The other option had a fairly active forum, but there were a lot of posts from users asking for help getting around problems and configuration issues.  The documentation was sparse, and judging by the forum posts, had a few inaccuracies.  They seemed to be releasing yearly with mostly bug fixes and some minor features.  Upgrades cost a small amount each time.  Not terrible overall and it would be something we could live with.

The open source product had a very active community with frequent forum posts, pull requests (made and accepted) and a nice selection of add on modules.  The documentation wasn’t great, but what was there seemed accurate.  It seemed to be going strong and growing.

A couple weeks later, we were using the open source solution, no code review needed (but it was an option if we wanted.)

What’s the point?

The above is what it took to shift my thinking.  I’m not advocating only open source.  This is not an open source vs proprietary debate.  I try hard to stay away from extremes and absolutes.

The point is, ignore the labels, figure out what matters in your situation and make informed decisions.

Now what?

I’ve seen the above scenario play out a few times over the years and it usually ends the same way.

I would like to dig into why some people seem to instinctively mistrust open source.  (It’s not just manager types.)

I will follow this up with a couple situations I see every now and then.  I’ll also look at the specific situation of open source in the database.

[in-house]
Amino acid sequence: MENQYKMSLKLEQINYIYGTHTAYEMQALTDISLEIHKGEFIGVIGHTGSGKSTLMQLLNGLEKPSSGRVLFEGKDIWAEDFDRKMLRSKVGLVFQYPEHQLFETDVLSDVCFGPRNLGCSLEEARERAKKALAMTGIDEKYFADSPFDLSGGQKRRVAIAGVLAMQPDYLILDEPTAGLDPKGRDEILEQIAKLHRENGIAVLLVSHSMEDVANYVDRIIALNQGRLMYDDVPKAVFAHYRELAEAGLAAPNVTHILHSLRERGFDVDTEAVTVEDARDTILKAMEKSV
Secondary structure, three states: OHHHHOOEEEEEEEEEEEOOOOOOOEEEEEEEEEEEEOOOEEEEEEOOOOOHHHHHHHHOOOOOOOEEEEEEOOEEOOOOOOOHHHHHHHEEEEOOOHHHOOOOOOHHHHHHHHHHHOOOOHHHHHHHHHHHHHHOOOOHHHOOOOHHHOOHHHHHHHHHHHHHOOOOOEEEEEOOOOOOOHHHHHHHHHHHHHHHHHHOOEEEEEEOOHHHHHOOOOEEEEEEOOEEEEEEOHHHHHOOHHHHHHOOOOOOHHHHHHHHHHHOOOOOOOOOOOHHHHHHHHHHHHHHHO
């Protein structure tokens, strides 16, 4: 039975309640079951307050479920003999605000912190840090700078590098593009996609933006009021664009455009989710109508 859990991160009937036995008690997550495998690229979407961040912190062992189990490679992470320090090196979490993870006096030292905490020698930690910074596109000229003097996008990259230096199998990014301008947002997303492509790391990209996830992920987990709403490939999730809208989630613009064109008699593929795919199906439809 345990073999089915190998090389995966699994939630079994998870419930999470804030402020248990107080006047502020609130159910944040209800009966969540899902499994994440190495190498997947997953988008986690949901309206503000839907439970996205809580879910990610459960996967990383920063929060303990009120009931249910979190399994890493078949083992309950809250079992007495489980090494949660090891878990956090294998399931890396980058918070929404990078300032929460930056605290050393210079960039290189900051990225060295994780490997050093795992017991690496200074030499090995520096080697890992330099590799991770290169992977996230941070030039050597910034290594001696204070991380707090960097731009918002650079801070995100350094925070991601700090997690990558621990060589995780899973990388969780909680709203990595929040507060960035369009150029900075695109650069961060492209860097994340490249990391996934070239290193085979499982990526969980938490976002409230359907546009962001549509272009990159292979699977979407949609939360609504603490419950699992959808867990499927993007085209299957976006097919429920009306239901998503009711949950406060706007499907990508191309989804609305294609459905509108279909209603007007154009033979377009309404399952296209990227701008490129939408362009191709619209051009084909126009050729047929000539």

Help me out.

I would like to turn this into a full discussion, so please leave comments with your experiences from either side of the situation.  If you’re currently going through this and would like some help, let me know and I’ll go find us some information.

Using Environment Variables for Database Credentials

This is not a security discussion

Where to store the database credentials for an app is a long-running discussion that depends on many things.  What app server is being used, what OS, how sensitive is the data and of course how much time and money is available to invest (bad reason to skip security).

In my opinion, if a hacker can get far enough into your systems to pull down your files (application code, config files or others) they will be able to find the DB credentials for the app.

It comes down to the point, that the information is accessible to your application somehow.  If they breach far enough to get your code or config files, they will be able to find and attack that method.

There are many solutions out there and some are quite good so I’m not going to get into the best way to secure a system.

Using environment variables is relatively simple.
Example

Setting environment variables on Linux

or on Windows

Then in Python using the os package

Or in Ruby using ENV

Setting the variables on the command line like this is temporary for the current session.  Consult your OS instructions for a more permanent method if needed.

Why?

There are a couple reasons I prefer this method over hard-coding or config files.

Accidental commits
vs